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Spenser Heaps, KSL

Good vibes, continuing friendships as Mark Pope's BYU assistants meet the media

By Sean Walker, | Posted - Apr. 26, 2019 at 7:02 a.m.

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PROVO — Next door to Thursday’s commencement and convocation exercises at BYU’s Marriott Center, there was a reunion of former Utah Valley basketball historians.

Blink and you may have missed it — but it’s hard to miss a pair of 6-foot-10 coaches in brand-new business suits.

But Thursday was the day former UVU coach Mark Pope, who now holds the same position at BYU, brought in two former assistants in Chris Burgess and Cody Fueger to meet the media, tour the Marriott Center Annex, and finally put to rest who won the competition for the only assistant coach's office with a window (spoiler: it was Burgess … but more on that in a moment).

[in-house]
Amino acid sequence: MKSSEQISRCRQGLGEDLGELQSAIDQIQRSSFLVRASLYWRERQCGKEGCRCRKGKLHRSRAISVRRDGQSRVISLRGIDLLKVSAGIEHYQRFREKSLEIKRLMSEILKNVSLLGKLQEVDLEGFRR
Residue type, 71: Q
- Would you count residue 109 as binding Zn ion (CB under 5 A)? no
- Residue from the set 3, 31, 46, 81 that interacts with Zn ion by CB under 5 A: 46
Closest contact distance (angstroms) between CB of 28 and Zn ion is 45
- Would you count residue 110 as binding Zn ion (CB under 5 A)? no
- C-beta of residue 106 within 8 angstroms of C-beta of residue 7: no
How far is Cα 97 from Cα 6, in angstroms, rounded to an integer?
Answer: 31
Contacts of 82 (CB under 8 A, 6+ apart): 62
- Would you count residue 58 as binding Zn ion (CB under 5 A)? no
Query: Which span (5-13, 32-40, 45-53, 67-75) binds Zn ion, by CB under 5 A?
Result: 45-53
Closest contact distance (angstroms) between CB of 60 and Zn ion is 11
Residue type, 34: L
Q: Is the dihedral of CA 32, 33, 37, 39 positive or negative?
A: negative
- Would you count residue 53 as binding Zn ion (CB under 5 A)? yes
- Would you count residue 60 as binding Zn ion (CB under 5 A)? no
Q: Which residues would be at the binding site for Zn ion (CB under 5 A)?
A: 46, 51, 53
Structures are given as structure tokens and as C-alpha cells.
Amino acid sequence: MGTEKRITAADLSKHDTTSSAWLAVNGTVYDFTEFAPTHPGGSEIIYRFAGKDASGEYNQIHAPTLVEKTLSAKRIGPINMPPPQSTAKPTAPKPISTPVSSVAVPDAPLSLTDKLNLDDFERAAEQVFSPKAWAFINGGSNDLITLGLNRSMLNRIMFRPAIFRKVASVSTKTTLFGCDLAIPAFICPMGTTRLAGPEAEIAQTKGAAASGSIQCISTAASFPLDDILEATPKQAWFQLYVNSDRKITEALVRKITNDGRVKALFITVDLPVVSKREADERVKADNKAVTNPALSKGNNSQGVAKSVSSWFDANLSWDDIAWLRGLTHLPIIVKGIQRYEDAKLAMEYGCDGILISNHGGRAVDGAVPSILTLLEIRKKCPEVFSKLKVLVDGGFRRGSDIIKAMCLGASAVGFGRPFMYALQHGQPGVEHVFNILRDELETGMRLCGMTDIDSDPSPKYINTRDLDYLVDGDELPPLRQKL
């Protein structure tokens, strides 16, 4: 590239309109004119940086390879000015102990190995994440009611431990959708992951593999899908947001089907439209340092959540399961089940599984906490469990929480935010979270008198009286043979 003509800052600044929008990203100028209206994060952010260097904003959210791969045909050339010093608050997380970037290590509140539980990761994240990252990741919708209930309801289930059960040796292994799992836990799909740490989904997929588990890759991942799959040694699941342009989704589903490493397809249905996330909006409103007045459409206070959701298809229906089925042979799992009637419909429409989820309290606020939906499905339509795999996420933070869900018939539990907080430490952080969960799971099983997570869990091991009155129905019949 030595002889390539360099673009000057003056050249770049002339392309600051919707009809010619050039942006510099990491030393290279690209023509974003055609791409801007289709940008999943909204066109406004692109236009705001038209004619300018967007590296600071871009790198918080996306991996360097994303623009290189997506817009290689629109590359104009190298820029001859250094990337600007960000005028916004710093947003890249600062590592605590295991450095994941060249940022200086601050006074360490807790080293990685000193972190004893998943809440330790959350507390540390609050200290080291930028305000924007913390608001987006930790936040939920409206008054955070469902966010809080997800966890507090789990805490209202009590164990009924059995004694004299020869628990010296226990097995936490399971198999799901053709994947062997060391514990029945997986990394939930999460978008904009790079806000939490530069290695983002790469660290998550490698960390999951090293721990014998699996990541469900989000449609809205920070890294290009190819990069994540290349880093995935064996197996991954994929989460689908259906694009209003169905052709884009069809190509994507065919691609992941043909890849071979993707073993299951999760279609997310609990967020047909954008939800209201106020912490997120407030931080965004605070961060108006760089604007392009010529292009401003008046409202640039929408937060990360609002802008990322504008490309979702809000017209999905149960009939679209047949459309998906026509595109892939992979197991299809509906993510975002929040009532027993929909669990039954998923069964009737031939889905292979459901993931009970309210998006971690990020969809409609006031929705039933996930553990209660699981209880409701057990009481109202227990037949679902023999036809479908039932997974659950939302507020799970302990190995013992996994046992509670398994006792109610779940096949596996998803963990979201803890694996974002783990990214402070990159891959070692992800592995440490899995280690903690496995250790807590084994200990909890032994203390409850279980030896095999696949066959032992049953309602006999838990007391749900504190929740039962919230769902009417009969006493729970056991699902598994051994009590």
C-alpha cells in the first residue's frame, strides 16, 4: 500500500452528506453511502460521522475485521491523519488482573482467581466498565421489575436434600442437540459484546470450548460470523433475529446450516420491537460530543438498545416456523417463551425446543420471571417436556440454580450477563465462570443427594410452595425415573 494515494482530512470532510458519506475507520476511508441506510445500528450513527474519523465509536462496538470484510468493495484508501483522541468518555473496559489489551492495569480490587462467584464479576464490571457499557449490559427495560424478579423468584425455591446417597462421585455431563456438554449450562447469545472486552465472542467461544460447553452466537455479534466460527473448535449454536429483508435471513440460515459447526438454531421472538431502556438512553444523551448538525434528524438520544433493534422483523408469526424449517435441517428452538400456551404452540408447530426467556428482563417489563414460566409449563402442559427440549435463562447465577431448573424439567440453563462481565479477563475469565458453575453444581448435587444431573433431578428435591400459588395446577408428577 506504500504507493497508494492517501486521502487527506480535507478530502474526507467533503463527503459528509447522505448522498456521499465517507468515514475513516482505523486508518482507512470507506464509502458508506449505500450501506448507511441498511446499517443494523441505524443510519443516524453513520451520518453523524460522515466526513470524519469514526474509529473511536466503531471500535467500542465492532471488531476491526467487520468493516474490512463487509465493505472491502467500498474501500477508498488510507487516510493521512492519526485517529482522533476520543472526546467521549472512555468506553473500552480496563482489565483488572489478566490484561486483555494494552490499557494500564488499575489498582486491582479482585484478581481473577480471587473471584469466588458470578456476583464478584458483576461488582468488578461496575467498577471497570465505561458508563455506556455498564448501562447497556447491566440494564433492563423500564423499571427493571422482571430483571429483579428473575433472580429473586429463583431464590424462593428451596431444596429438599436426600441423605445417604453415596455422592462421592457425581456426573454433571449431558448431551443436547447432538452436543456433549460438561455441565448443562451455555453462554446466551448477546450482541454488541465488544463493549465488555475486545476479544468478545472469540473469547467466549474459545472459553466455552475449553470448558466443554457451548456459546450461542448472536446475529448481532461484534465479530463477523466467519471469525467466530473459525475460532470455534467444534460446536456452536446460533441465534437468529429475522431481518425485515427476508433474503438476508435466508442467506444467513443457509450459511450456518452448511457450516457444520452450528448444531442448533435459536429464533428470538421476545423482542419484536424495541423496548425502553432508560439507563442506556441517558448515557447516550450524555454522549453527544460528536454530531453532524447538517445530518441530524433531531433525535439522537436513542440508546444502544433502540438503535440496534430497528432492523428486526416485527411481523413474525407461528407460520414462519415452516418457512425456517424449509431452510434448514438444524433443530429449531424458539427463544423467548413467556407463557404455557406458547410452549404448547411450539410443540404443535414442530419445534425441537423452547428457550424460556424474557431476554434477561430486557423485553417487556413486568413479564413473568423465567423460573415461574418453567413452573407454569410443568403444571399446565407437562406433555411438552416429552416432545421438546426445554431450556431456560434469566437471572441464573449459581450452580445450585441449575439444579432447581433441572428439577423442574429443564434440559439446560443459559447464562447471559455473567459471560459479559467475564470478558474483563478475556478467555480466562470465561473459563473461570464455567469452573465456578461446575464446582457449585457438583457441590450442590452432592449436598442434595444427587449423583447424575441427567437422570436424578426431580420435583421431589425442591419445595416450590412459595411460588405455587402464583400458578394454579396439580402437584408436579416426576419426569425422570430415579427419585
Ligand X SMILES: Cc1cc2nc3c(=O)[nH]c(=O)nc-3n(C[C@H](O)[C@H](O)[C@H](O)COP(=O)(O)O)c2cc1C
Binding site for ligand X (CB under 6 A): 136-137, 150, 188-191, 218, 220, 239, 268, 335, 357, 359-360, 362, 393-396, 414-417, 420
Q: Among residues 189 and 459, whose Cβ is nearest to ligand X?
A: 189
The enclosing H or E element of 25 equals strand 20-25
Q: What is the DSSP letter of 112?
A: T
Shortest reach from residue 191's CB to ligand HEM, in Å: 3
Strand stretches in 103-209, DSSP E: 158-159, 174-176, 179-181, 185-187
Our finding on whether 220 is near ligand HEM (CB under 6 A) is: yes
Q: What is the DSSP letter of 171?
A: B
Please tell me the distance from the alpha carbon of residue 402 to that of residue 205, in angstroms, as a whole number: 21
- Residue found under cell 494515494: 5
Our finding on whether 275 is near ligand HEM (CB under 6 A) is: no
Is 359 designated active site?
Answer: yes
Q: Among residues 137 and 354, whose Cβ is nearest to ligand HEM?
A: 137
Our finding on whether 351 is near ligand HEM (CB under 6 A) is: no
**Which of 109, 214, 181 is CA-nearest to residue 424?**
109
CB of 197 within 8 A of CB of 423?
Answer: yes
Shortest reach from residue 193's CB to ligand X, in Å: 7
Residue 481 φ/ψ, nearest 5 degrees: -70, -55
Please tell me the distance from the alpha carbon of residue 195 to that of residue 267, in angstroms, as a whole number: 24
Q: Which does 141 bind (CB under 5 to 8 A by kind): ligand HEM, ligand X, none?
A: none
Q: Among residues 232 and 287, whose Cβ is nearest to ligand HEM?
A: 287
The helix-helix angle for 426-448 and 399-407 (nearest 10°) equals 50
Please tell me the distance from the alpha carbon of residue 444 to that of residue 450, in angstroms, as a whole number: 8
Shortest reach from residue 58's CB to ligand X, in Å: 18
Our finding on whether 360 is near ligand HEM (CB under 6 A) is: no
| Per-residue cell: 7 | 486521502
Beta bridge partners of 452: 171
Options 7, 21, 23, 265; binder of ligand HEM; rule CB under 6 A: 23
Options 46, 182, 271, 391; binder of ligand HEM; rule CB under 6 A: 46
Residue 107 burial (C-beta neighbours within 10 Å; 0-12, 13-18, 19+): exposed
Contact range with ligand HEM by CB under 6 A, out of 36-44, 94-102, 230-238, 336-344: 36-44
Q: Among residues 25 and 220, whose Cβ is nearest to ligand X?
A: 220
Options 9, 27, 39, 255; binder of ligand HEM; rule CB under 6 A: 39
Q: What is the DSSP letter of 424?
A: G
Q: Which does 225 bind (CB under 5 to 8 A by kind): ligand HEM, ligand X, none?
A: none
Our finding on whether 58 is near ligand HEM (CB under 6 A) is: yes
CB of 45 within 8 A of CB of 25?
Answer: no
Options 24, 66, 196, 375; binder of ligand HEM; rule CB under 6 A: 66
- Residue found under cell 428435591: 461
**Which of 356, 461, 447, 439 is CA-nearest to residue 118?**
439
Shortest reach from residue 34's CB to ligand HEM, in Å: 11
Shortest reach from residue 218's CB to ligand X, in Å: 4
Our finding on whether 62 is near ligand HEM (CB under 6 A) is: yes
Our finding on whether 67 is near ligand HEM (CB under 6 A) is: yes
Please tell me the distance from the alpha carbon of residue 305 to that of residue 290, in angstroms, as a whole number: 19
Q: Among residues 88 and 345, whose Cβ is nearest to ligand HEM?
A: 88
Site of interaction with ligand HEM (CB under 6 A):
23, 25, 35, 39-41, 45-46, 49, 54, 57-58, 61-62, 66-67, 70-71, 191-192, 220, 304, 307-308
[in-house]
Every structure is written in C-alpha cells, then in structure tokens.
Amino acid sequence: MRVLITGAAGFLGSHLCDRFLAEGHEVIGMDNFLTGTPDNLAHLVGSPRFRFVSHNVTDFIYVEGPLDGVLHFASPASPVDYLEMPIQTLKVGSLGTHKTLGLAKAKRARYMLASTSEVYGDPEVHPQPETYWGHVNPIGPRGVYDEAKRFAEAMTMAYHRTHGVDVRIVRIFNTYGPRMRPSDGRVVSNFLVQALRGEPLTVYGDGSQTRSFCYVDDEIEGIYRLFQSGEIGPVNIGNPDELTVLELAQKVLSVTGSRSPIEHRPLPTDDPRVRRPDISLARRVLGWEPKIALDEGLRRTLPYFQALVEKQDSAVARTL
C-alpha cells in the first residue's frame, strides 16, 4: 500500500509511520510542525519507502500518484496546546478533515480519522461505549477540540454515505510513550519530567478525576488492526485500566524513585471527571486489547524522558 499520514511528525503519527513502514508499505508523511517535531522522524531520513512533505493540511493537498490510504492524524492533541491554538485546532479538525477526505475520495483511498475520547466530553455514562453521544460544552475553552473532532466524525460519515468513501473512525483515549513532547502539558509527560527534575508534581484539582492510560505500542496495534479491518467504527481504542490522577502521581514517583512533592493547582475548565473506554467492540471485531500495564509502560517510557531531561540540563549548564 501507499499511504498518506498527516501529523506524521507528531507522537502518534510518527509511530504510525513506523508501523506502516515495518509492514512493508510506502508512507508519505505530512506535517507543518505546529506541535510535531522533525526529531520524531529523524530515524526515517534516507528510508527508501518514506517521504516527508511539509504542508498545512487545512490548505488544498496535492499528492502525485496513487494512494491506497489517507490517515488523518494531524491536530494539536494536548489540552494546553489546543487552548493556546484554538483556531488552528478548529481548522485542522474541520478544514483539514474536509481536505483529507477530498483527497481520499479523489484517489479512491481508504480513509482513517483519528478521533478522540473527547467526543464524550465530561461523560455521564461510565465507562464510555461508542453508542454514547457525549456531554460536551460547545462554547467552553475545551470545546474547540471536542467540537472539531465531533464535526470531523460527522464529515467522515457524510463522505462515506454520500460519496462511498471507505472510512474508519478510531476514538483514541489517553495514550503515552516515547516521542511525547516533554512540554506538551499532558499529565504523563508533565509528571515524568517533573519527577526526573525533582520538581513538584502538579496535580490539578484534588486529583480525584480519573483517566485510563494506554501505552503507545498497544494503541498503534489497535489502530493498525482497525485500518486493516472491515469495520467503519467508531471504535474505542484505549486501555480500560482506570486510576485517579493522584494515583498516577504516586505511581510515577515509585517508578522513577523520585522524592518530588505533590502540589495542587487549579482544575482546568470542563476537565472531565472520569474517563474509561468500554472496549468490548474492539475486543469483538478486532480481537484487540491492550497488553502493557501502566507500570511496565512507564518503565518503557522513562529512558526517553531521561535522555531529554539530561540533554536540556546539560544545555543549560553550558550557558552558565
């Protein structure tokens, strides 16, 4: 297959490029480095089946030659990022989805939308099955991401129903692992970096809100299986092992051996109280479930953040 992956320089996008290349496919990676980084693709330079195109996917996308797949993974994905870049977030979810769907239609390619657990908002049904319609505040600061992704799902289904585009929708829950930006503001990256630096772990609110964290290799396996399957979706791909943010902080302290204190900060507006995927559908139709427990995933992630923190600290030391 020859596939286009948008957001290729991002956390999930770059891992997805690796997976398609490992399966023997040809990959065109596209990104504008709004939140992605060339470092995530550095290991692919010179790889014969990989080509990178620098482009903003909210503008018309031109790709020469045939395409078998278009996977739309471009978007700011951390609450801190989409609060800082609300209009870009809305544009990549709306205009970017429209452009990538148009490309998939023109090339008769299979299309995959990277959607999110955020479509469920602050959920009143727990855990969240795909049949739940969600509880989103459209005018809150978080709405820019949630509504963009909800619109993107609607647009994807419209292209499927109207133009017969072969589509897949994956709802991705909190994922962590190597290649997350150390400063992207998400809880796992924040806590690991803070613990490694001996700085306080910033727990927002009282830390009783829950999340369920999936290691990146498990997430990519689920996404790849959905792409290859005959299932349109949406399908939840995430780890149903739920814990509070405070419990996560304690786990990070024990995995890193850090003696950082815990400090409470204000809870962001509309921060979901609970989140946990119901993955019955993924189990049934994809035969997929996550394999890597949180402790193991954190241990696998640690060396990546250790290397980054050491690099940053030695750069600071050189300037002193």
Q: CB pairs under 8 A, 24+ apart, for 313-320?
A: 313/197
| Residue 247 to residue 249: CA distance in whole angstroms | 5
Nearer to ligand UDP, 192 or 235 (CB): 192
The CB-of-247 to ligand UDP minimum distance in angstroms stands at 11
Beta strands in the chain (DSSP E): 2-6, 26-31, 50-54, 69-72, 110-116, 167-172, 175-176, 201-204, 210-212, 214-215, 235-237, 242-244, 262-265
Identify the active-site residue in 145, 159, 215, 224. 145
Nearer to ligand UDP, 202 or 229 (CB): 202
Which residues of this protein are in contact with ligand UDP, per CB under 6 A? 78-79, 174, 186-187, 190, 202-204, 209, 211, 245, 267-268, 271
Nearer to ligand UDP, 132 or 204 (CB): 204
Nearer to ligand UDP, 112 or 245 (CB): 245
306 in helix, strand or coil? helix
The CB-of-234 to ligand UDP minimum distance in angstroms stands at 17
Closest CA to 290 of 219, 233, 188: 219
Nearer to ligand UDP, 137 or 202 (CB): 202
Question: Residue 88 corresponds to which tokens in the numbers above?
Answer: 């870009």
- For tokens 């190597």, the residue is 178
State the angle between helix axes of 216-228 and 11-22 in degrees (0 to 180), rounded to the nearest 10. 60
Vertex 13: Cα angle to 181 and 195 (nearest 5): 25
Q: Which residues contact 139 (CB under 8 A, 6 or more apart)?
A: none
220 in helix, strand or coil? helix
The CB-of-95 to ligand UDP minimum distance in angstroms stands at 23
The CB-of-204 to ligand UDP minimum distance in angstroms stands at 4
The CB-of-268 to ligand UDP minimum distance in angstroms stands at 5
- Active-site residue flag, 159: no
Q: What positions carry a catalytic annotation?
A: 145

It was also the day Nick Robinson, the former head coach at Southern Utah, was introduced to a small crowd of reporters, athletic department personnel and visiting family members while thousands of students were receiving degrees on the other end of the Marriott Center plaza.

Conner Toolson, who recently capped off his senior season at Utah Valley, and Hayden Schenck, the oft-injured UVU hooper who also has an MBA from the school, were both there to support their former coaches in their new positions.

And about an hour after the three-man press conference, Trey Stewart — the former American Fork standout who had previously committed to Utah Valley — committed to play for Pope at BYU upon his return from a two-year mission for The Church of Jesus Christ of Latter-day Saints in England.